New & Notable: An Illegal Order is No Order at All

Siebenmorgen was convicted of two counts of possession of child pornography. At the time of sentencing the Crown asked that the offender be placed on the Sex Offender Information Registry for a period of 10 years; Rady J so ordered.  As it happens the Crown had inadvertently requested that the Court make an illegal order. Because the offender had been convicted of two counts of a designated offence the period of time he was to remain on the Registry was prescribed by law as life.

Section 490.012(4) provides that:

Failure to make order - If the court does not consider the matter under subsection (1) or (3) [at the time of sentencing], the court

(a) shall, within 90 days after the day on which it imposes the sentence or renders the verdict, set a date for a hearing to do so;

(b) retains jurisdiction over the matter;

(c) may require the person to appear by closed-circuit television or any other means that allows the court and the person to engage in simultaneous visual and oral communication, as long as the person is given the opportunity to communicate privately with counsel if they are represented by counsel.

Crown and defence agreed that pursuant to section 490.012(4) the court had the authority to correct the order. However, defence argued that instead of amending the illegal order the Court should stay one of the two counts.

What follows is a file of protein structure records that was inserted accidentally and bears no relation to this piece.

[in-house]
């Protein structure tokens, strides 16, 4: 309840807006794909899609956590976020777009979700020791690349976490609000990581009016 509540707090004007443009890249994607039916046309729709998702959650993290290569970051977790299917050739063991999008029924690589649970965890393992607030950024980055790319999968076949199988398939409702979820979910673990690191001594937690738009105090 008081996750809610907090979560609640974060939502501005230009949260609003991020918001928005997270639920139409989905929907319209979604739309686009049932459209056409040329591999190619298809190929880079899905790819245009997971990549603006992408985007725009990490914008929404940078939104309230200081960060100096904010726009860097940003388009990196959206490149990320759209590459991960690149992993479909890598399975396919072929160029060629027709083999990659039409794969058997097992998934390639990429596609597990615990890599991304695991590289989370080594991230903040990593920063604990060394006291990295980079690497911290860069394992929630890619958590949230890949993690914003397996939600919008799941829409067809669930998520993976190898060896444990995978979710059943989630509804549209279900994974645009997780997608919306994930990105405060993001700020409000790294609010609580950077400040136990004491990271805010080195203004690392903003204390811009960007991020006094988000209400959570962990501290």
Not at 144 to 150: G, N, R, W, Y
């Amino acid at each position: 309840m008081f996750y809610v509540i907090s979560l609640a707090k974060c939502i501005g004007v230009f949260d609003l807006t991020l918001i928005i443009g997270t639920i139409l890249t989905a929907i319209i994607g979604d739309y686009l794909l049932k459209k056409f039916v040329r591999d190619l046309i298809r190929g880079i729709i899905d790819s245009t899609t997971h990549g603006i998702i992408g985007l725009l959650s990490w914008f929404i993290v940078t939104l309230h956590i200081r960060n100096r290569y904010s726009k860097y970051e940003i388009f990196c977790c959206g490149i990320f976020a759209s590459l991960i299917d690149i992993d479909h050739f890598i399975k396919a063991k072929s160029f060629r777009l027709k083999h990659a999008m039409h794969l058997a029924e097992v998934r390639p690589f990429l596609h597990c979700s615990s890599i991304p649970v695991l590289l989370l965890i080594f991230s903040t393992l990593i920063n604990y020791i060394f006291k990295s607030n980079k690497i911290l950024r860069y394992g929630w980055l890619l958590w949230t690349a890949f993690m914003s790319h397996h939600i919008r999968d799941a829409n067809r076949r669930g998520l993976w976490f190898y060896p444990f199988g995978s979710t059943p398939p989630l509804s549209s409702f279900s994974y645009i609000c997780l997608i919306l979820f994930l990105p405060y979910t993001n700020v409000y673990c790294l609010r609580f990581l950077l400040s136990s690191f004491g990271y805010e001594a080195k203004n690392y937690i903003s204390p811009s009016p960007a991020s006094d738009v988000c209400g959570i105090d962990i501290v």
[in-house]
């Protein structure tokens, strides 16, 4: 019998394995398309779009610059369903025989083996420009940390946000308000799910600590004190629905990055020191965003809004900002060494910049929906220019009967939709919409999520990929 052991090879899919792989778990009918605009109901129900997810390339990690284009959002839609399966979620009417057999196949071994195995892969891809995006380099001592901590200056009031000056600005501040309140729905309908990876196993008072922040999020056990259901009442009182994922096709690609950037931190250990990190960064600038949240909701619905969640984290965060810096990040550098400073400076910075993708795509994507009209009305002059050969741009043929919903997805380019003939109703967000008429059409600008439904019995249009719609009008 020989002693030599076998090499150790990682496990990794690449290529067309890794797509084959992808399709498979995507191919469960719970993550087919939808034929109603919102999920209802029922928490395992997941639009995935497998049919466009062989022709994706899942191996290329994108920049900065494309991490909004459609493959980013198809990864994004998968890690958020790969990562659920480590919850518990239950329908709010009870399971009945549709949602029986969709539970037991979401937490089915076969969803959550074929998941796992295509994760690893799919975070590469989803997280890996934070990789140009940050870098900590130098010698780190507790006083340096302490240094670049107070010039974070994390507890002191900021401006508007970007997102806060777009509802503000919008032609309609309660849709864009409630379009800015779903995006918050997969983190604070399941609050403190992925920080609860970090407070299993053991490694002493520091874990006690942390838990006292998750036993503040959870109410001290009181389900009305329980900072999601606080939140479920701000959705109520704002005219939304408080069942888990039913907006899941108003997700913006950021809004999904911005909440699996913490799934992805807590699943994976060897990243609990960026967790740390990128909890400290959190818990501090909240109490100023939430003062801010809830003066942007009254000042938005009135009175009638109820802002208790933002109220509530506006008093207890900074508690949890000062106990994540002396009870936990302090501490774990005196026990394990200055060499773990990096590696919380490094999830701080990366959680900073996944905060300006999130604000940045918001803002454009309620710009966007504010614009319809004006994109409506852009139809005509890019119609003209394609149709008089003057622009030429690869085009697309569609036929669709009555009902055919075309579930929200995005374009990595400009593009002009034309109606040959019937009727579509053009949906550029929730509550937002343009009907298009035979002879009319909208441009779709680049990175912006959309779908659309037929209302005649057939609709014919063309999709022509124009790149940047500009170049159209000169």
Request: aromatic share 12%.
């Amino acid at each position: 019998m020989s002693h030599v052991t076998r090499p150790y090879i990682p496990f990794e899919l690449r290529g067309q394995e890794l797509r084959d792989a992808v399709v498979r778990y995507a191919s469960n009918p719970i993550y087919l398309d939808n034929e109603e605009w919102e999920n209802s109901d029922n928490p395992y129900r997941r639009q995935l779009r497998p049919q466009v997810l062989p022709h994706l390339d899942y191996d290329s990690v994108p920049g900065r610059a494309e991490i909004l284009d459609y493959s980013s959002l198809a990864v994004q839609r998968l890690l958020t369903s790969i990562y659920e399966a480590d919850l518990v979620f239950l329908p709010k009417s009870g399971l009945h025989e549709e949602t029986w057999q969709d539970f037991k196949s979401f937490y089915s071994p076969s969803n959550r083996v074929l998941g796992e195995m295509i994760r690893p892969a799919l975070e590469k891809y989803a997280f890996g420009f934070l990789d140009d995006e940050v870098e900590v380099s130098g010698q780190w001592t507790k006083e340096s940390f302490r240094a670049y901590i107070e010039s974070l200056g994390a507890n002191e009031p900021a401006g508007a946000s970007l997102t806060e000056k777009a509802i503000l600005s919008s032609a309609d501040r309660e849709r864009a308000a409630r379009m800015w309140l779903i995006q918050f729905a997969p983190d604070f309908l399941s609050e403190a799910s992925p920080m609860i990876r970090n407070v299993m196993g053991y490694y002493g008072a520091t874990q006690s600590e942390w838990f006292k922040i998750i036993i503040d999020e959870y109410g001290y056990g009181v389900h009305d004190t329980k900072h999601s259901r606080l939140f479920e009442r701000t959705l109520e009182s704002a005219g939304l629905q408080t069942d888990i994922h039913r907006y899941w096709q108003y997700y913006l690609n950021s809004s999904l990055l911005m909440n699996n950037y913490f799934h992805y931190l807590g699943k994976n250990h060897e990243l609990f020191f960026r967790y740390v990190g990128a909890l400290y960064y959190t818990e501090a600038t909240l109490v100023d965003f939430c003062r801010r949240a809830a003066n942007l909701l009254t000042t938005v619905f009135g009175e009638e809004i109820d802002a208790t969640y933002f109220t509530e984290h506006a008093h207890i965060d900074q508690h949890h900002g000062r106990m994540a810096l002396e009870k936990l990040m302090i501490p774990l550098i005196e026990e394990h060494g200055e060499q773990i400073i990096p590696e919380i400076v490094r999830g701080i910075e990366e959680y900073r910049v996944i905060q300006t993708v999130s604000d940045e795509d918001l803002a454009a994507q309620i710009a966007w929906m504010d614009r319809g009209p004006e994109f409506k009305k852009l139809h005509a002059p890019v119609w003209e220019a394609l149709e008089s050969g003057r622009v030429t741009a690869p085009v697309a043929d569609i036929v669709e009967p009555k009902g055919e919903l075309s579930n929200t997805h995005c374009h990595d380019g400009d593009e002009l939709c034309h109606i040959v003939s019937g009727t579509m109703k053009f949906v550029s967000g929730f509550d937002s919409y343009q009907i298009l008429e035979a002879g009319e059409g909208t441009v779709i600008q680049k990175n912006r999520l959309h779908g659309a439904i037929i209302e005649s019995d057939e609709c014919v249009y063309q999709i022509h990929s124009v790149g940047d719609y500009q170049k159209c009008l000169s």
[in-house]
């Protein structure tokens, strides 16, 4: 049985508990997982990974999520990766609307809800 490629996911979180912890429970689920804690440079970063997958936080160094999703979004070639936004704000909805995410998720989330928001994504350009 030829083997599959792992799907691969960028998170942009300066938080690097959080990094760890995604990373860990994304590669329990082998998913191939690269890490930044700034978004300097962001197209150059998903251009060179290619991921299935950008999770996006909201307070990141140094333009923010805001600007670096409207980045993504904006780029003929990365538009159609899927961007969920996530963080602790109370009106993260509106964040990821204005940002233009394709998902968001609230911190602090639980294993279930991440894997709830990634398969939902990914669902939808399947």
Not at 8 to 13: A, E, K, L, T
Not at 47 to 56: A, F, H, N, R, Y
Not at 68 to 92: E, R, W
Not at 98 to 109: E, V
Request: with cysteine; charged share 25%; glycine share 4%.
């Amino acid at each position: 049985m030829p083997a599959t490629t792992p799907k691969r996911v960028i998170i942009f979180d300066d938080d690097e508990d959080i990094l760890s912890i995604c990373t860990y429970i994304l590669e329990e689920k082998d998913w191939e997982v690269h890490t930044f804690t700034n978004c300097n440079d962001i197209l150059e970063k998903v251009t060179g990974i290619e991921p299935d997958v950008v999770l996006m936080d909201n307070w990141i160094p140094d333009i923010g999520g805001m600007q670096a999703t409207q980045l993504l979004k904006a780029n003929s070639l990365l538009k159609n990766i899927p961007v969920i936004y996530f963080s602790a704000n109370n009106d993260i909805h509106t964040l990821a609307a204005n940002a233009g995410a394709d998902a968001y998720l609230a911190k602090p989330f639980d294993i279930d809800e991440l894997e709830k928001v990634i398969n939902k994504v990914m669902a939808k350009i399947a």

First, Rady J considered that “strictly speaking, it is not the case that "the court did not consider the matter under subsection (1) or (3)" at the time of the original sentencing because an order was in fact made” [para 7].

Second, the Court considered the defence pitch for a stay. Rady J noted that as a general rule “there is no power to amend a judgment which has been drawn and entered, except in two cases: (1) where there has been a slip in drawing it up, or (2) where there has been an error in expressing the manifest intention of the court: Paper Machinery Limited v. J.O. Ross Engineering Corporation, [1934] S.C.R. 186” [para 13].

In dismissing the defence request the Court held that:

Having rendered a verdict and sentenced Mr. Siebenmorgen, I am of the view that the court is functus. What is being requested by Mr. Crawford is not the correction of an error or slip. Rather, the request is for a reconsideration of the sentence, in accordance with new submissions not made at the time of the sentencing hearing [para 16].

The SOIRA order was amended to a period of life as prescribed by the Criminal Code.